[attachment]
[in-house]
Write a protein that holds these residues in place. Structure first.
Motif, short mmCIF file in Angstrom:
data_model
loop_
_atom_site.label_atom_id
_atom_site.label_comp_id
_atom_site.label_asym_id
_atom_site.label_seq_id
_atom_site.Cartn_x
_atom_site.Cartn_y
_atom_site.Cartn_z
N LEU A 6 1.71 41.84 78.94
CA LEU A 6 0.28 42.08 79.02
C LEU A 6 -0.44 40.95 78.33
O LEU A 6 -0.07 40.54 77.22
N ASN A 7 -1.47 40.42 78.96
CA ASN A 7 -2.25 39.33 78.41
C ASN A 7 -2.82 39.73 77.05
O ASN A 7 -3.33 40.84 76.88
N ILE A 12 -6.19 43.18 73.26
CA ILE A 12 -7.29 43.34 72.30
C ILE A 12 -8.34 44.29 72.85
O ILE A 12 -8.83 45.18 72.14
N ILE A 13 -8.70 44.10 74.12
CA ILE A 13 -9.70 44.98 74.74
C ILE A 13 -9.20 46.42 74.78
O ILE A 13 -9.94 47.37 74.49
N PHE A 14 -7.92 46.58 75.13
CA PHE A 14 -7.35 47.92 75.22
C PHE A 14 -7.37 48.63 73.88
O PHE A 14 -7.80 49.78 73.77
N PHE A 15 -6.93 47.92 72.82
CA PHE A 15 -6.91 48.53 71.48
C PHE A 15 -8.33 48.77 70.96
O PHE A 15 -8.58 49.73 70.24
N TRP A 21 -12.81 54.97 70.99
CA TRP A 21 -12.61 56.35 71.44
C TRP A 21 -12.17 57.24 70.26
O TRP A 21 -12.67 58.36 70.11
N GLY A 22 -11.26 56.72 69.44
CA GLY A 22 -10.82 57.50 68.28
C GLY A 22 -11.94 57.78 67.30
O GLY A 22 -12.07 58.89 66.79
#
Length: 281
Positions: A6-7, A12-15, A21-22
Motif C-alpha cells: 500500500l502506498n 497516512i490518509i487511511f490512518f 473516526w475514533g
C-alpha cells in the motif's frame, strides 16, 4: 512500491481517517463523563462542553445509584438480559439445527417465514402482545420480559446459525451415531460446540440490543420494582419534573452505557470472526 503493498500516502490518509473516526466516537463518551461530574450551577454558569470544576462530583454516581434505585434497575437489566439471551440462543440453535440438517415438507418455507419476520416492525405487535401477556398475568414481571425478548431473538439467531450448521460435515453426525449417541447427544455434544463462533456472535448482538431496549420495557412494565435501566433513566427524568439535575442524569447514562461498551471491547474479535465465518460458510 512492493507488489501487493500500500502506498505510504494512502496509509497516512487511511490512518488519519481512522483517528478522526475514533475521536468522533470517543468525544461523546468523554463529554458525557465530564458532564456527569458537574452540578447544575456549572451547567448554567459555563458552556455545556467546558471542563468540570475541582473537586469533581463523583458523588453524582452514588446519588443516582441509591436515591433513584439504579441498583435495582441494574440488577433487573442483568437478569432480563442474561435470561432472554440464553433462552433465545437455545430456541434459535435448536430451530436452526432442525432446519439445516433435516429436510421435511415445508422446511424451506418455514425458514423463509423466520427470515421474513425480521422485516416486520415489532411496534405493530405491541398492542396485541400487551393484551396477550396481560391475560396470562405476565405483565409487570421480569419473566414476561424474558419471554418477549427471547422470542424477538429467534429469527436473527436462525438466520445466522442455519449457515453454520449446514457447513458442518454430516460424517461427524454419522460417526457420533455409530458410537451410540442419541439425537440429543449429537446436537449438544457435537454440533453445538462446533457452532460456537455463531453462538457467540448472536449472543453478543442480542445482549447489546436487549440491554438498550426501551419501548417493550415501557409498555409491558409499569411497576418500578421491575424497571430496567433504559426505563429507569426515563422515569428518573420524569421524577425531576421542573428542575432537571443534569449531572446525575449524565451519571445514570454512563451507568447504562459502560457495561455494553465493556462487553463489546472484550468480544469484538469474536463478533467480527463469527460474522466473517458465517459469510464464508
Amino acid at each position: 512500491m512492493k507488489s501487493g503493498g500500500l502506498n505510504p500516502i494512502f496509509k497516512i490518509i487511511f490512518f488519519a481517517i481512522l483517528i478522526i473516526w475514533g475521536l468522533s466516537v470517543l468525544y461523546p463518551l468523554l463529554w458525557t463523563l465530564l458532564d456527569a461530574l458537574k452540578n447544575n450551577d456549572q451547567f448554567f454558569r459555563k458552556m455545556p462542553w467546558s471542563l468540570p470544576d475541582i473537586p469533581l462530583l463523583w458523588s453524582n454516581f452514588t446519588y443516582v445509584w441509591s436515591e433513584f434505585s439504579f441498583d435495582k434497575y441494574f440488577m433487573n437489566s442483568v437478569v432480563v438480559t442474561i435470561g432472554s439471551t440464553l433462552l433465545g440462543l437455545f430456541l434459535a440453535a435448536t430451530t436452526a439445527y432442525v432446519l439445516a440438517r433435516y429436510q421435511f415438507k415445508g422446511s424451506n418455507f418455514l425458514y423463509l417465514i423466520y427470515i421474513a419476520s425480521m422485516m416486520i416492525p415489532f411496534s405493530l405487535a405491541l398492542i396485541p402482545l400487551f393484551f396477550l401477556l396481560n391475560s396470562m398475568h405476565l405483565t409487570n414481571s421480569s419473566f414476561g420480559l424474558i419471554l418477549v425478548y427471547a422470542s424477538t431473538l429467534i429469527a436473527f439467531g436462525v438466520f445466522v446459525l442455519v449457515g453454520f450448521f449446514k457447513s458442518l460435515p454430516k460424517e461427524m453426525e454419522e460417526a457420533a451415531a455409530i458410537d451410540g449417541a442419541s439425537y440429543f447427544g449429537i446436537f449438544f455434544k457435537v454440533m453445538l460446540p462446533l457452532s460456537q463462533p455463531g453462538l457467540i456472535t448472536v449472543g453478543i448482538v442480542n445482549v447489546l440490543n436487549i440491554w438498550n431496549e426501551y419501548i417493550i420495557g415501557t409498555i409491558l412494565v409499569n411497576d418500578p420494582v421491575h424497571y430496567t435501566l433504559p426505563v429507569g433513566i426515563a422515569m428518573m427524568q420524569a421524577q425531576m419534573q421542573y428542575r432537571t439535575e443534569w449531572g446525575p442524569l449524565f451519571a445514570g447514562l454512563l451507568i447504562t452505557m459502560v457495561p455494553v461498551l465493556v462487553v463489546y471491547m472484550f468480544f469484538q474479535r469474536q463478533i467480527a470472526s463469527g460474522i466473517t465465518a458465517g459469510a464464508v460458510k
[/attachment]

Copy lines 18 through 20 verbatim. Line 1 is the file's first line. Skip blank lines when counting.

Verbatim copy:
CA ASN A 7 -2.25 39.33 78.41
C ASN A 7 -2.82 39.73 77.05
O ASN A 7 -3.33 40.84 76.88